Stephen Rees's blog

Thoughts about the relationships between transport and the urban area it serves

Posts Tagged ‘CN

Deal for Chicago Rail Line Approved

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Wall Street Journal

WASHINGTON — The U.S. Surface Transportation Board on Wednesday approved a merger of rail companies, in a move designed to relieve rail and auto traffic congestion in the Chicago area.

The board unanimously approved the Canadian National Railway Co.’s purchase of the Elgin, Joliet & Eastern Railway Co. from U.S. Steel Corp. Canadian National offered to pay $300 million for the line and spend another $140 million to upgrade the line and help communities mitigate the traffic impacts.

There was a lot of politicking around this one – but it came down to some communities against others. And despite the “threat” that the election of Barack Obama was supposed to pose to the deal, common sense prevailed.

This will also be good news for Prince Rupert – as the route from there to the midwest will now see significant time savings.

EJ&E rail train at Gilmer Road in Hawthorn Woods

EJ&E rail train at Gilmer Road in Hawthorn Woods

Written by Stephen Rees

December 24, 2008 at 12:24 pm

Posted in Railway

Tagged with , ,

CN asked to set aside $150m

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The long running and high profile proposal by CN to buy the Elgin and Joilet (“The Juice” – its locos are painted orange) gets more attention.

EJ&E rail train at Gilmer Road in Hawthorn Woods

EJ&E rail train at Gilmer Road in Hawthorn Woods

The EJE is not actually very well utilised at present, and Chicago has been a very congested railway hub for a long time. What is also now being noticed is that some inner neighbourhoods will actually benefit from this proposal. But they are not as well connected as those who seem ready to price CN out of the deal by insisting on overpasses and other measures, so that their driving is not disrupted.

I have the distinct feeling too that CN is seen an a Canadian interloper, not a major North American railroad. And no-one seems to notice that trains are much more efficient at moving freight than trucks. And of course no-one in Chicago cares about Prince Rupert.

Written by Stephen Rees

September 10, 2008 at 6:08 pm

Posted in freight transport, Railway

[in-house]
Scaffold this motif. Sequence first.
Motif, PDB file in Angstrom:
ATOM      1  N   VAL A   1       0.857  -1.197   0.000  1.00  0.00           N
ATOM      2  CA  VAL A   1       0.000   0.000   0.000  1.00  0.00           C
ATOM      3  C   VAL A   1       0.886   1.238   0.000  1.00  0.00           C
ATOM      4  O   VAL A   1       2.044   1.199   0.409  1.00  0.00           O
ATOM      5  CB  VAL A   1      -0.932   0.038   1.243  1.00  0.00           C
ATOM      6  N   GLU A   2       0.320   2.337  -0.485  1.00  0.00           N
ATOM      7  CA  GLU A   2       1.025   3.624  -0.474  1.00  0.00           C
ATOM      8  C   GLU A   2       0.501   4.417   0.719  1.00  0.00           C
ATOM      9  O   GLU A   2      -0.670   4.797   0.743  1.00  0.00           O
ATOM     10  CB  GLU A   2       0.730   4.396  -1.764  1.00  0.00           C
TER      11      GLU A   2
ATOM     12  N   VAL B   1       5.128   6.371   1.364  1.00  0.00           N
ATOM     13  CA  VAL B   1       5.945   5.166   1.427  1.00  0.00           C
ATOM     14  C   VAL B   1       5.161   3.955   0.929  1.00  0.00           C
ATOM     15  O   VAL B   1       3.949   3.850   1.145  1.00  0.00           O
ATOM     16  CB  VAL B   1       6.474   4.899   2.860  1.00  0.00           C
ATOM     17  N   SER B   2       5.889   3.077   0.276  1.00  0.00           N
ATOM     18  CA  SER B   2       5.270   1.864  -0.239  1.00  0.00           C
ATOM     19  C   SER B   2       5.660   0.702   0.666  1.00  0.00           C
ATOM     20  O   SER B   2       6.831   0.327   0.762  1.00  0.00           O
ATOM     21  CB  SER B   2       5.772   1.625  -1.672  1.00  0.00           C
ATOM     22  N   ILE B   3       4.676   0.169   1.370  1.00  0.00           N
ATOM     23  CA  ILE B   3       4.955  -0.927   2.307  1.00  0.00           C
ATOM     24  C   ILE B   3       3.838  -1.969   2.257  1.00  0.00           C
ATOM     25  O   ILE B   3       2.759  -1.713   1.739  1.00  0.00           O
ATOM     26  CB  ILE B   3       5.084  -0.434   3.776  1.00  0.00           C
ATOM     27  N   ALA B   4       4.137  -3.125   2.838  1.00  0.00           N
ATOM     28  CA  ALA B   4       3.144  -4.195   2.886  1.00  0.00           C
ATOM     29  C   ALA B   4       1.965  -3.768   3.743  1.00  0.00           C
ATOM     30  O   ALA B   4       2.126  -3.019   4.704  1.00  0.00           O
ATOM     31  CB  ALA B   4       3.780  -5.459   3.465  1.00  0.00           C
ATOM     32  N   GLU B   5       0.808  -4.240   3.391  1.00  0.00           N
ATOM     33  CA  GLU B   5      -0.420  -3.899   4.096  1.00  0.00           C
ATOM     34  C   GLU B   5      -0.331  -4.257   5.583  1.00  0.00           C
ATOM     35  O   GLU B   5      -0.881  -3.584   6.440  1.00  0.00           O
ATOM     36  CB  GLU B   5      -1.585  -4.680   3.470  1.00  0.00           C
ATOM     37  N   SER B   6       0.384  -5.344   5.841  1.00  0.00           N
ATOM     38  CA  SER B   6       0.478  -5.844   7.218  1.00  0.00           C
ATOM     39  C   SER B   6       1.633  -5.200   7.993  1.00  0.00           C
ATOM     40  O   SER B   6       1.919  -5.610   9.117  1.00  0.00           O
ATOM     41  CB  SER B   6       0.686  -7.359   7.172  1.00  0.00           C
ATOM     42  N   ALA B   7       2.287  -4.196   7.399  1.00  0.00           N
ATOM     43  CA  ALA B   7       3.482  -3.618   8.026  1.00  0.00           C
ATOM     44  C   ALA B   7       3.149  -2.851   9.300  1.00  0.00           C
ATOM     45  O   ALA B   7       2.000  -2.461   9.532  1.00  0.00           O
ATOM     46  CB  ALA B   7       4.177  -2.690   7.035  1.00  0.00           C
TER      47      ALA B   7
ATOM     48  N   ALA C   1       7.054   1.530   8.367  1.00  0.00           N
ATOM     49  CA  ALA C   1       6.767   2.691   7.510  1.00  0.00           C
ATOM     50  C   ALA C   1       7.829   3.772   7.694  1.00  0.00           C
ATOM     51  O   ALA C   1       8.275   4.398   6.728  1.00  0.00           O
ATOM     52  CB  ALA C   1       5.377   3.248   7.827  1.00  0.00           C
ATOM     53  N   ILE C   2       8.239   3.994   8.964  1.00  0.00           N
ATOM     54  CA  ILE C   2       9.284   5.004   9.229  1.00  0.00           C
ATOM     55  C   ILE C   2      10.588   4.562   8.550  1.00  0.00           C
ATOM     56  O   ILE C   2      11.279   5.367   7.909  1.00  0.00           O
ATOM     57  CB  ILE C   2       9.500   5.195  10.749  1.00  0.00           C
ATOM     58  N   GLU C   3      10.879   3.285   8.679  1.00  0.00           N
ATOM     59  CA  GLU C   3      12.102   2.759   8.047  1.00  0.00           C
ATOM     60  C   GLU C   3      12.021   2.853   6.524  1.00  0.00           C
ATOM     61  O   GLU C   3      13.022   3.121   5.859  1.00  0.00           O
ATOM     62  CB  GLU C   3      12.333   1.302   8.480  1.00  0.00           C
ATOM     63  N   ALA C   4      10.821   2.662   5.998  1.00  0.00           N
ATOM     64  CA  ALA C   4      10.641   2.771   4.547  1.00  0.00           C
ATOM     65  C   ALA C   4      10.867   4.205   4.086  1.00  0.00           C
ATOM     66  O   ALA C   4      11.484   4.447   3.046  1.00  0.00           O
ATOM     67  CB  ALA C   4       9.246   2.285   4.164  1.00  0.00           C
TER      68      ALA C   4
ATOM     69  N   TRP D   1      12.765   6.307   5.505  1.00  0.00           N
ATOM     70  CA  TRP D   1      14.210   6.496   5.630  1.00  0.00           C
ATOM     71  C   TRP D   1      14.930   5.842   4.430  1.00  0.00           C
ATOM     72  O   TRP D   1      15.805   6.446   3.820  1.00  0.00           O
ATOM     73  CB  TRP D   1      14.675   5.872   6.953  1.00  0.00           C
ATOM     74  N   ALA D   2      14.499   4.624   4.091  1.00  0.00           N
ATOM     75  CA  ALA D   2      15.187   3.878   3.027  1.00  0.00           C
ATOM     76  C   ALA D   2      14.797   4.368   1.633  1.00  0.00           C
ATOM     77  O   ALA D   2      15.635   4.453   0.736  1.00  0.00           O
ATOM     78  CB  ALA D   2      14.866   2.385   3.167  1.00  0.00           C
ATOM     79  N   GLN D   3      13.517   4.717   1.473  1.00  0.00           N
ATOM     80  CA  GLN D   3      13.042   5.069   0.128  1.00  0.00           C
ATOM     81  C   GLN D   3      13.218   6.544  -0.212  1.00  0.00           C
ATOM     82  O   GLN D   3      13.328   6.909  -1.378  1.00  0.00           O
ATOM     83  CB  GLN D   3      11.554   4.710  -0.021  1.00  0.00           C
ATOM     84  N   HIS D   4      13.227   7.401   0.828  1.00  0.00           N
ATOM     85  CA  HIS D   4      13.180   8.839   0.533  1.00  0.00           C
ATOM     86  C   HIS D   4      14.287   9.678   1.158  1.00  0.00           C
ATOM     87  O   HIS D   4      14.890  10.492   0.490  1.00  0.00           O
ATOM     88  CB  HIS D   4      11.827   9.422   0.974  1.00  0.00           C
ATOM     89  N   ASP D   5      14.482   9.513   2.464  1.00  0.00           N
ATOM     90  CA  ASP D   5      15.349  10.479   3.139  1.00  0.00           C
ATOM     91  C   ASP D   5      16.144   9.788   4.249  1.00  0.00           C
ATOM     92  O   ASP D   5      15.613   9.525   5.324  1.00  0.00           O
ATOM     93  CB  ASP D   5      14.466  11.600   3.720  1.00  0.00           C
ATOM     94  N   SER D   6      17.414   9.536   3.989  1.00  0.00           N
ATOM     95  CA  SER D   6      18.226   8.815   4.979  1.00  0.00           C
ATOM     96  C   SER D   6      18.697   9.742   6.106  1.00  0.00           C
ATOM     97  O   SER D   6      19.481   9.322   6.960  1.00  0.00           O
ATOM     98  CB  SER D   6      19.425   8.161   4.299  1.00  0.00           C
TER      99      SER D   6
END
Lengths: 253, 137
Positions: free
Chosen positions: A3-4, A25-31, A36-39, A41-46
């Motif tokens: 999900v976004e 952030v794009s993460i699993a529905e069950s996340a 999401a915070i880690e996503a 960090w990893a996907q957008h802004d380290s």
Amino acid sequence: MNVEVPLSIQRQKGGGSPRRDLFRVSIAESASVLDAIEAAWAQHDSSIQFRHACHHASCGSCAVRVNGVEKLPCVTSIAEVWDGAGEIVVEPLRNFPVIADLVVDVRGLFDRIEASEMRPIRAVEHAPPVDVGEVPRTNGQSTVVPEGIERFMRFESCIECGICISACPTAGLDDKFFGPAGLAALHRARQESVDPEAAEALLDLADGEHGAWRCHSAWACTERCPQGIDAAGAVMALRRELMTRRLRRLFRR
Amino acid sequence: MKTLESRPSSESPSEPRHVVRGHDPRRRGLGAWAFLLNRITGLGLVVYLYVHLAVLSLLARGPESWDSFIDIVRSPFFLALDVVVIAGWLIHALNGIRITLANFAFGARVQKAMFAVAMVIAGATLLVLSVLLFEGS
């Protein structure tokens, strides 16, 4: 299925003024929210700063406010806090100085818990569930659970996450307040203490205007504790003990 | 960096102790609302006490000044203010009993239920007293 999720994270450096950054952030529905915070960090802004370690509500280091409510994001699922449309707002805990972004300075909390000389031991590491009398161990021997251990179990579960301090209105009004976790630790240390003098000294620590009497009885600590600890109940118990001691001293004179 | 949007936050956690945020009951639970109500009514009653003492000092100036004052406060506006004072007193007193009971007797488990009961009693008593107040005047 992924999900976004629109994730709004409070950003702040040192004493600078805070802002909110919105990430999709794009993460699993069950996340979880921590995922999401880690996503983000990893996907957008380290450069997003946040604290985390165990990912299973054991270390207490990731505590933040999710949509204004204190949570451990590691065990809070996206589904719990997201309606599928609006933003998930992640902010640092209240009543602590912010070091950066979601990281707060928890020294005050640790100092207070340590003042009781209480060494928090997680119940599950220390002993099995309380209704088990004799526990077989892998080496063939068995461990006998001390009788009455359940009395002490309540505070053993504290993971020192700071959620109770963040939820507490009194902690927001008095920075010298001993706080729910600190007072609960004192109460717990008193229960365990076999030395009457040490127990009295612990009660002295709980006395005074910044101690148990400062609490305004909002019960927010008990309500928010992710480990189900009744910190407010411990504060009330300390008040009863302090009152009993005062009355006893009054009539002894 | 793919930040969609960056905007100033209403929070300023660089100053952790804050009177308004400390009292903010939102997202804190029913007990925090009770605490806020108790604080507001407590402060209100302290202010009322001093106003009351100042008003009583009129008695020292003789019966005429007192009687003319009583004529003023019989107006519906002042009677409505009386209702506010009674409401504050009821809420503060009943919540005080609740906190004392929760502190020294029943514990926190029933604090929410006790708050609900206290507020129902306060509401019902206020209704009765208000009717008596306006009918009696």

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Prince Rupert casts a wary eye on Chicago

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Globe and Mail

I am very grateful that the The Tyee has this neat column headed “Reported Elsewhere” which meant I finally caught up with this story. You may have heard that Barrack Obama has gone on record as opposing CN’s acquisition of the EJ&E (“The Juice”) a railway in suburban Chicago that would help it avoid the congestion in the US biggest rail hub.

CN has run into significant public opposition in its bid for approval of the acquisition of Elgin Joliet & Eastern Railway Co. CN wants the rail line so it can bypass Chicago through the suburb of Barrington and cut nearly 30 hours off the time it takes container trains to reach destinations in the American Southeast – and that means a faster route from Prince Rupert into key U.S. markets.

“It certainly would add tremendous market weight to our gateway,” Mr. Krusel said of the EJ&E acquisition. “If they are successful in getting that line, it will be 100 hours [from Prince Rupert] to Memphis. We’ll be just as close in time as L.A./Long Beach – maybe closer.”

But what catches my attention is the broader context. Prince Rupert is not, at the moment, doing very well. Partly that is simply teething trouble with a new facility. But as noted elsewhere, the world is changing too

Prince Rupert is holding its own while other West Coast ports are seeing declines in container shipments now. “A year ago we would have expected a second carrier here,” he said. “That hasn’t happened. Carriers are reducing service on the Pacific, everywhere.